Disneyization of Davao City’s Public Spaces: The Myth and Amusement in Kublai Millan’s Not-So-Indigenous Sculptures


This paper explores the relationship between the role of Davao-based artist Kublai Millan's gigantic art sculptures and the Disneyization of the public spaces in Davao City. This paper further argues how the sculptures were considered as authentic representations of indigenous peoples and cultures in the city, as well as depictions of nationalism, indigeneity and visual ethnography. Ten public spaces around Davao City which are limited to parks, monuments and resorts that integrate the sculptures of Davao-based artist Kublai Millan serve as case studies. Ocular survey and on-site interviews are conducted to help in the assessment of these public spaces and the sculptures. Analytical interpretations of two theoretical frameworks by social researcher Alan Bryman's Disneyization of Society which offers insights into what park visitors to public spaces are experiencing, and political scientist Benedict Anderson's 'nation' as an 'imagined' community are utilized to evaluate Kublai Millan's sculptures in relation to the elements that comprise Disneyization, symbols of Philippine nationalism, and indigeneity in Mindanao. The findings of this paper indicate that Disneyization has not completely infiltrated Davao City's public spaces based on the principles and stipulations theorized by Bryman and to the degree that the Disney brand has become synonymous with American consumerism. The findings also suggest that since Davao City commissioned these sculptures, Kublai Millan as a brand himself, symbolizes the city. More research about preservation of authenticity and prevention against commodification of Davao City's indigenous peoples and cultures are needed to educate the people about their significance in society.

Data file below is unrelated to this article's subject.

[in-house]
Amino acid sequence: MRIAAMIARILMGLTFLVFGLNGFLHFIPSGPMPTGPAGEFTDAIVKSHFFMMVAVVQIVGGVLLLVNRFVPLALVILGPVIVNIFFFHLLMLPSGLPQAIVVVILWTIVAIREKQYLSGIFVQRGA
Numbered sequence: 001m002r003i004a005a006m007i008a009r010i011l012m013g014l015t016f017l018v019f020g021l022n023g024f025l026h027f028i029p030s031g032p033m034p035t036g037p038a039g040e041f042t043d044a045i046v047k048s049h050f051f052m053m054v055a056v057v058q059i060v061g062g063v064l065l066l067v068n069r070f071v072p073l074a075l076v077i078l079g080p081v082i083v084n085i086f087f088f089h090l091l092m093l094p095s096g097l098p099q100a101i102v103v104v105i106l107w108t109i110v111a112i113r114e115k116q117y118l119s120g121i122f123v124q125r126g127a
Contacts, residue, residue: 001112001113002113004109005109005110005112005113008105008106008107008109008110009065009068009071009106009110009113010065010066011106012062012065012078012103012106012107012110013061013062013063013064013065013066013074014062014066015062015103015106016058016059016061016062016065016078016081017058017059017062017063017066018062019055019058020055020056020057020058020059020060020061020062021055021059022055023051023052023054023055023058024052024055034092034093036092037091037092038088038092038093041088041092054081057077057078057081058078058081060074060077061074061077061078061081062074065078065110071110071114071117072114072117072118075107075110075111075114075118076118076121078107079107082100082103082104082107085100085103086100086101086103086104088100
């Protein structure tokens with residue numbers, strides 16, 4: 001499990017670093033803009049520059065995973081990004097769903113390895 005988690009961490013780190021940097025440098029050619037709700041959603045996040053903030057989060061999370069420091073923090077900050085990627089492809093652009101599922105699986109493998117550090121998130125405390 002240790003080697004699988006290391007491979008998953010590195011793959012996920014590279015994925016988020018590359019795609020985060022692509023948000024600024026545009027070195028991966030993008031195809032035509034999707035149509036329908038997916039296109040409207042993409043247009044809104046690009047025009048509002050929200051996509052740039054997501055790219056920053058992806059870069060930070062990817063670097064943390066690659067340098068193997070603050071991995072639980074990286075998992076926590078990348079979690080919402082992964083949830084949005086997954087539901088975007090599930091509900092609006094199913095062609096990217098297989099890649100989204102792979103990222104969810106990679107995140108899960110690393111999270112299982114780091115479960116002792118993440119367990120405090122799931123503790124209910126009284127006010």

Author Information
Jp E. Fortinez, University of Southern Mindanao, Philippines

Paper Information
Conference: ACAH2016
Stream: Arts - Social, Political and Community Agendas in the Arts

This paper is part of the ACAH2016 Conference Proceedings (View)
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Posted by James Alexander Gordon